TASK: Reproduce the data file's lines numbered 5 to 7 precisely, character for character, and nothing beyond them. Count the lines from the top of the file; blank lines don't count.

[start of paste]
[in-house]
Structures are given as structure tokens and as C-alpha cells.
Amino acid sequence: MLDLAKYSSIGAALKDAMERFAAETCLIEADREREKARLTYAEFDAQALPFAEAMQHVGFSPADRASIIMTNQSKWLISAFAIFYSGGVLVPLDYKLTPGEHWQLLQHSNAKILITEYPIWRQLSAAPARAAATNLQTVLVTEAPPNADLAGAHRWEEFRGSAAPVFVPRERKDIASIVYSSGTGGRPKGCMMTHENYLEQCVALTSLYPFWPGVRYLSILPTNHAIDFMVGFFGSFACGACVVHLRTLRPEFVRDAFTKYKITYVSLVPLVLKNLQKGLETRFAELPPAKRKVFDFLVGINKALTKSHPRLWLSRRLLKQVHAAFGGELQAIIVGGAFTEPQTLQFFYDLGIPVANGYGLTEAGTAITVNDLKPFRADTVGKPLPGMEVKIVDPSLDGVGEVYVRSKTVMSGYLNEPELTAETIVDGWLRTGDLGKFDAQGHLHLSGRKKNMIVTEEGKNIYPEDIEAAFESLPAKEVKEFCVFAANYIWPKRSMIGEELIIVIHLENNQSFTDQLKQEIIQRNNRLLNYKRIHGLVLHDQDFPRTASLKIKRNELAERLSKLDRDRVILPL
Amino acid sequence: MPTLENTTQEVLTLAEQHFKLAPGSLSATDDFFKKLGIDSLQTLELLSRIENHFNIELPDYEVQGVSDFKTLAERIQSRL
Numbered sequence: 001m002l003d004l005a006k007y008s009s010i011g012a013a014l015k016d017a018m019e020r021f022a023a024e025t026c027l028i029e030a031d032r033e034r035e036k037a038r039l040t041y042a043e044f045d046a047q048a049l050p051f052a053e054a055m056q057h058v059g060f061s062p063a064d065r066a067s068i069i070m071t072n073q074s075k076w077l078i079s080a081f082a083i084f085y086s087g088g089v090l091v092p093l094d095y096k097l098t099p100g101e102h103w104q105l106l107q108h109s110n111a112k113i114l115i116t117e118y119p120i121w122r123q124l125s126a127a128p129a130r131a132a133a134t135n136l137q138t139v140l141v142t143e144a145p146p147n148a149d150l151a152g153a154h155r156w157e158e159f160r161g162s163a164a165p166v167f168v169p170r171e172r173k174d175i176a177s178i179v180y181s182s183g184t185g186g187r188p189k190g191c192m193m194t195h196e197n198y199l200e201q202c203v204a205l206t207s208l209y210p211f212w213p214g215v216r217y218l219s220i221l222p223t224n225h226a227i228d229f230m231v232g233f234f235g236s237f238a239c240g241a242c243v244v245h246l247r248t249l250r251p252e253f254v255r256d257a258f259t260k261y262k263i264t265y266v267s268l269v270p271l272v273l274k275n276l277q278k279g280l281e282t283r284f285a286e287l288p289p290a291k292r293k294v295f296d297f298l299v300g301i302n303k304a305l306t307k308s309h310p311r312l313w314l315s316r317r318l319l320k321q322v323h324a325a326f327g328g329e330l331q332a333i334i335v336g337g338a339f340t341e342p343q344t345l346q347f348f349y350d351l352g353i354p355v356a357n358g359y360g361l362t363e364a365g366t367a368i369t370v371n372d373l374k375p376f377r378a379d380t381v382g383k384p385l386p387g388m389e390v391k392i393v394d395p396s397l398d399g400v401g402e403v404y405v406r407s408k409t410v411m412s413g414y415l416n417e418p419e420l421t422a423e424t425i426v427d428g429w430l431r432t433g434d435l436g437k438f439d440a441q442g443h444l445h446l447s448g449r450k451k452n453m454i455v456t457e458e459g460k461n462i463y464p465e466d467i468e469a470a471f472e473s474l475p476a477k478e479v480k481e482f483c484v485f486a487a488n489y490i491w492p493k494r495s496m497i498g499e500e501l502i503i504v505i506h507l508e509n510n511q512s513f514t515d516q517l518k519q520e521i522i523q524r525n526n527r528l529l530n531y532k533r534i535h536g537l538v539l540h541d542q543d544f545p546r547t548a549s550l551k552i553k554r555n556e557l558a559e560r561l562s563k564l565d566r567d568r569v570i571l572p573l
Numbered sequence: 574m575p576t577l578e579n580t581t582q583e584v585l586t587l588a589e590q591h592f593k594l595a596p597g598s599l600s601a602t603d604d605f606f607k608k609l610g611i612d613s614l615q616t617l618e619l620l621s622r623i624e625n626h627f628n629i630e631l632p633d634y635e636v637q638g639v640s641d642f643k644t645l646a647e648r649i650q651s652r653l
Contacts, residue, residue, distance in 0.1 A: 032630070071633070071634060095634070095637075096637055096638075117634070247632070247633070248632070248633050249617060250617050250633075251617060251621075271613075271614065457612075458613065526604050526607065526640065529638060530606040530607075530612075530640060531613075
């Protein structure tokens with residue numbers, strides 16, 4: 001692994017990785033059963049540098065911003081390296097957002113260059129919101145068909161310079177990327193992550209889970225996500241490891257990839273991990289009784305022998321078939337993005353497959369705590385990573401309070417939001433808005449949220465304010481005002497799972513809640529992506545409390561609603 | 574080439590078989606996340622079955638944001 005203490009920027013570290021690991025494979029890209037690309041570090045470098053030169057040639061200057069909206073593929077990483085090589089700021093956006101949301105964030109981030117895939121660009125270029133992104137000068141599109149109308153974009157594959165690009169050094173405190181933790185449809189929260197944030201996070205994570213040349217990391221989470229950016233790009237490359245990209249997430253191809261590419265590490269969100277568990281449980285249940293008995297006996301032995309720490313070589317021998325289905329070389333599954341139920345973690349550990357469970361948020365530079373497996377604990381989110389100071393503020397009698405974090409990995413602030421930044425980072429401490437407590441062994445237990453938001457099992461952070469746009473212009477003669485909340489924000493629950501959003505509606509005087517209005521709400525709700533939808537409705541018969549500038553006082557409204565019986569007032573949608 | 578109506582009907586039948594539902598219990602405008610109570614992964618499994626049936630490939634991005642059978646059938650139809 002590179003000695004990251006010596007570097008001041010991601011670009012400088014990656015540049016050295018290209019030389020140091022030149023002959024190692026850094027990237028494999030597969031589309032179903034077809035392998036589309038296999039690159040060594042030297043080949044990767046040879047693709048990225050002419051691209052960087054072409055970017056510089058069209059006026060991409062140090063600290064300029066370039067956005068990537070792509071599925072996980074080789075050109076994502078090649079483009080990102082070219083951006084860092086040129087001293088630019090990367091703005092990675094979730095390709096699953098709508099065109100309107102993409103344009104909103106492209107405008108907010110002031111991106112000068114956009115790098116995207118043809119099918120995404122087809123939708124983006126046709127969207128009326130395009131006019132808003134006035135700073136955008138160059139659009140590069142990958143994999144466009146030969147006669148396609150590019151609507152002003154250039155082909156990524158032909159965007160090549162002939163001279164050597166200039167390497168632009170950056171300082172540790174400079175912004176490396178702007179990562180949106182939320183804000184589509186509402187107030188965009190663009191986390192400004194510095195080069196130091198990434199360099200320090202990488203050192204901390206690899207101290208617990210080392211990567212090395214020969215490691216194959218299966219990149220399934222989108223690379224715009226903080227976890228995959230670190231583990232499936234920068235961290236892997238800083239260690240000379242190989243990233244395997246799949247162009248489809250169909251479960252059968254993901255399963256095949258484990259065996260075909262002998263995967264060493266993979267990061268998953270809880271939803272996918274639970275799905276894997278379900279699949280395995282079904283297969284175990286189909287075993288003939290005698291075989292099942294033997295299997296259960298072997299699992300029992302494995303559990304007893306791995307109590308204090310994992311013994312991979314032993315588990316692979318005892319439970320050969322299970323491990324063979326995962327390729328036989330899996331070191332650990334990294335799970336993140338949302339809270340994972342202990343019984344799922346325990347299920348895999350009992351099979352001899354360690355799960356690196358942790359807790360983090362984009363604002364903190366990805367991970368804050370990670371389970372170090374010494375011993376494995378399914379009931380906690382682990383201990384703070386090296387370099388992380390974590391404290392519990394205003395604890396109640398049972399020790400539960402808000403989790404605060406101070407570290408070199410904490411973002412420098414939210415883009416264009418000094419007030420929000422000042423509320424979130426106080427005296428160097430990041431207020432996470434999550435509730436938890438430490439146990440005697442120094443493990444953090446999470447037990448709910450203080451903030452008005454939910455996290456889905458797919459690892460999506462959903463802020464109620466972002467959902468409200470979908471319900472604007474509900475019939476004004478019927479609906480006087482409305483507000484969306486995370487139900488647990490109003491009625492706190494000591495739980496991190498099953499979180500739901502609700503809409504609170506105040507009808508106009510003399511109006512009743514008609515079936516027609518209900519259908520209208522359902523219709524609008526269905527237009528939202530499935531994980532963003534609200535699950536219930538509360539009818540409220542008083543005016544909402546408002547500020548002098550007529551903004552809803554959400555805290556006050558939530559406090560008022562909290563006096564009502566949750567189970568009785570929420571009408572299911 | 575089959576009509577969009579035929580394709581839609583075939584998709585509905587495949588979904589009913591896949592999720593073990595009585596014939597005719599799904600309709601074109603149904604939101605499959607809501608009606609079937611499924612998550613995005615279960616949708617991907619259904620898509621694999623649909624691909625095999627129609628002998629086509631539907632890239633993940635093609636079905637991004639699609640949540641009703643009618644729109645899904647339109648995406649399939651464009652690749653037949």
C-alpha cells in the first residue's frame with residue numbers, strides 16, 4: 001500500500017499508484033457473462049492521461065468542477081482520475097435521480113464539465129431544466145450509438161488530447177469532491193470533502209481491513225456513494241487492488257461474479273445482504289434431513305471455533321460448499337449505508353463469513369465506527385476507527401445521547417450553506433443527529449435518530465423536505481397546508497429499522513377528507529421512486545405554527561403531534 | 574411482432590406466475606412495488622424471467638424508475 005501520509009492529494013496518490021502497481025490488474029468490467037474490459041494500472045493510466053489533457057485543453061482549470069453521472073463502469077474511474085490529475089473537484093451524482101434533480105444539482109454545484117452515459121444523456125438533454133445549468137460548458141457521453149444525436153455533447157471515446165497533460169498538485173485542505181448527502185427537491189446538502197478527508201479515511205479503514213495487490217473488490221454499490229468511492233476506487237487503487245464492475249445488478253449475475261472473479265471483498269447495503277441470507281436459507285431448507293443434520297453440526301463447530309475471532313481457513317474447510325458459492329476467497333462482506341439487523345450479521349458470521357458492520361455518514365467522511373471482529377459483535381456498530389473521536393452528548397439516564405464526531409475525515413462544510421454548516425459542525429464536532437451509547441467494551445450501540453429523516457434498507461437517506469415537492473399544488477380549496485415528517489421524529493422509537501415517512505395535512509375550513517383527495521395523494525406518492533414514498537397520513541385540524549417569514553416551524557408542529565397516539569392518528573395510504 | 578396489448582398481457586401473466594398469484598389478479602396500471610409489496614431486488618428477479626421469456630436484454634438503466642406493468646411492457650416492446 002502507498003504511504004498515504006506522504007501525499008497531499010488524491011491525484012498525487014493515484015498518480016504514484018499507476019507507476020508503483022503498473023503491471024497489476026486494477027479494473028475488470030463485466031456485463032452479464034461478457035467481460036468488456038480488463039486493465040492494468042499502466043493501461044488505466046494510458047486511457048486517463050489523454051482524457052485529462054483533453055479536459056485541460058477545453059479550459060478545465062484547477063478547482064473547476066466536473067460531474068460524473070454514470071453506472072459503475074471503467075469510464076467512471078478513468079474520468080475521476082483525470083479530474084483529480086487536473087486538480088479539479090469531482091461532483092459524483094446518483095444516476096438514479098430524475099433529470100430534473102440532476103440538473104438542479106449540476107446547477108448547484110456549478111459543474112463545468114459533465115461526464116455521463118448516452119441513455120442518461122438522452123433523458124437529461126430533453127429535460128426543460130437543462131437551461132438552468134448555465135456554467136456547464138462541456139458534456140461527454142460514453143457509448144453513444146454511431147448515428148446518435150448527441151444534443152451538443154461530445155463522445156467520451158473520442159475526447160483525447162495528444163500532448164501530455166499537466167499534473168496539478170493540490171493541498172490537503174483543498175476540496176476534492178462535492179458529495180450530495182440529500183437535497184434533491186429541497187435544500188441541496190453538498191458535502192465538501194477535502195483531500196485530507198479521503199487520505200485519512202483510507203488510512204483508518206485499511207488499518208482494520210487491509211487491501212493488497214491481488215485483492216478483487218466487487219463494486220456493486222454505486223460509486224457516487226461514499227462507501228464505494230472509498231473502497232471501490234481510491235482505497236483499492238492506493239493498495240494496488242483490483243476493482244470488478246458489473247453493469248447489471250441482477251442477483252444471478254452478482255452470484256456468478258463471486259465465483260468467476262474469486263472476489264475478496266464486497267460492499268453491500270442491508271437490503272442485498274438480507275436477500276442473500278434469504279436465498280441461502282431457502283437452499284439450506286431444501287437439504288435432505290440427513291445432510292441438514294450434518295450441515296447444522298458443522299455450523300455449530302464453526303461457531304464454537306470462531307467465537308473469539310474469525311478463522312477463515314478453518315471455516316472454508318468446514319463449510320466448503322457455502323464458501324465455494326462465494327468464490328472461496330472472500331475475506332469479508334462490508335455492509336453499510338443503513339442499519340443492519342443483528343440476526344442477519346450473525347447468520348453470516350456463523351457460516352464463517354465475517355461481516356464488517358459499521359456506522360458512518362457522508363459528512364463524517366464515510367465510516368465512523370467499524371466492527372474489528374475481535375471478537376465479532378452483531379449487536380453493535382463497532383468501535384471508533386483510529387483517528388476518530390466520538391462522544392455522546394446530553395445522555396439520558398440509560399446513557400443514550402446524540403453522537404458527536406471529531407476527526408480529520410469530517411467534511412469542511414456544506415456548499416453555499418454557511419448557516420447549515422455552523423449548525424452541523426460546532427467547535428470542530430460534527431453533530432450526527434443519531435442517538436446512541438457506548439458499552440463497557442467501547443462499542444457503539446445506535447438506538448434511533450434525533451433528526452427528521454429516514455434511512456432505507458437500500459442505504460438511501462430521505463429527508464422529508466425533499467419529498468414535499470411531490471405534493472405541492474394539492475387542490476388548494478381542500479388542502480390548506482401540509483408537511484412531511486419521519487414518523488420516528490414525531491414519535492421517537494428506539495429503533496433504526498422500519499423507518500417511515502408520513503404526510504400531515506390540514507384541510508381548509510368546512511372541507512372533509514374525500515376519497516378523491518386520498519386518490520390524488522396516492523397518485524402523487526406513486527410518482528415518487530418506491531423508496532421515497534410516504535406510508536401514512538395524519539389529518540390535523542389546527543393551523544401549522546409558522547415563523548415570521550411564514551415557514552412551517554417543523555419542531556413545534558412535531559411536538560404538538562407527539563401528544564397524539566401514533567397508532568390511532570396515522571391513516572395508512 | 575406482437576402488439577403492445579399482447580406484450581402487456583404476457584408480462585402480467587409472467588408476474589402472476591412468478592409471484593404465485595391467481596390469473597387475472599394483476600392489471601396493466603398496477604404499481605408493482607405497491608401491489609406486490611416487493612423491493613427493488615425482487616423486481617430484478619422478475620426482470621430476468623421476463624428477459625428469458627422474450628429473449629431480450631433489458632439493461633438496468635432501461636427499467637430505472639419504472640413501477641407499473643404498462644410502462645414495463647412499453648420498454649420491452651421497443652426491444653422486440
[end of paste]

Numbered sequence: 001m002l003d004l005a006k007y008s009s010i011g012a013a014l015k016d017a018m019e020r021f022a023a024e025t026c027l028i029e030a031d032r033e034r035e036k037a038r039l040t041y042a043e044f045d046a047q048a049l050p051f052a053e054a055m056q057h058v059g060f061s062p063a064d065r066a067s068i069i070m071t072n073q074s075k076w077l078i079s080a081f082a083i084f085y086s087g088g089v090l091v092p093l094d095y096k097l098t099p100g101e102h103w104q105l106l107q108h109s110n111a112k113i114l115i116t117e118y119p120i121w122r123q124l125s126a127a128p129a130r131a132a133a134t135n136l137q138t139v140l141v142t143e144a145p146p147n148a149d150l151a152g153a154h155r156w157e158e159f160r161g162s163a164a165p166v167f168v169p170r171e172r173k174d175i176a177s178i179v180y181s182s183g184t185g186g187r188p189k190g191c192m193m194t195h196e197n198y199l200e201q202c203v204a205l206t207s208l209y210p211f212w213p214g215v216r217y218l219s220i221l222p223t224n225h226a227i228d229f230m231v232g233f234f235g236s237f238a239c240g241a242c243v244v245h246l247r248t249l250r251p252e253f254v255r256d257a258f259t260k261y262k263i264t265y266v267s268l269v270p271l272v273l274k275n276l277q278k279g280l281e282t283r284f285a286e287l288p289p290a291k292r293k294v295f296d297f298l299v300g301i302n303k304a305l306t307k308s309h310p311r312l313w314l315s316r317r318l319l320k321q322v323h324a325a326f327g328g329e330l331q332a333i334i335v336g337g338a339f340t341e342p343q344t345l346q347f348f349y350d351l352g353i354p355v356a357n358g359y360g361l362t363e364a365g366t367a368i369t370v371n372d373l374k375p376f377r378a379d380t381v382g383k384p385l386p387g388m389e390v391k392i393v394d395p396s397l398d399g400v401g402e403v404y405v406r407s408k409t410v411m412s413g414y415l416n417e418p419e420l421t422a423e424t425i426v427d428g429w430l431r432t433g434d435l436g437k438f439d440a441q442g443h444l445h446l447s448g449r450k451k452n453m454i455v456t457e458e459g460k461n462i463y464p465e466d467i468e469a470a471f472e473s474l475p476a477k478e479v480k481e482f483c484v485f486a487a488n489y490i491w492p493k494r495s496m497i498g499e500e501l502i503i504v505i506h507l508e509n510n511q512s513f514t515d516q517l518k519q520e521i522i523q524r525n526n527r528l529l530n531y532k533r534i535h536g537l538v539l540h541d542q543d544f545p546r547t548a549s550l551k552i553k554r555n556e557l558a559e560r561l562s563k564l565d566r567d568r569v570i571l572p573l
Numbered sequence: 574m575p576t577l578e579n580t581t582q583e584v585l586t587l588a589e590q591h592f593k594l595a596p597g598s599l600s601a602t603d604d605f606f607k608k609l610g611i612d613s614l615q616t617l618e619l620l621s622r623i624e625n626h627f628n629i630e631l632p633d634y635e636v637q638g639v640s641d642f643k644t645l646a647e648r649i650q651s652r653l
Contacts, residue, residue, distance in 0.1 A: 032630070071633070071634060095634070095637075096637055096638075117634070247632070247633070248632070248633050249617060250617050250633075251617060251621075271613075271614065457612075458613065526604050526607065526640065529638060530606040530607075530612075530640060531613075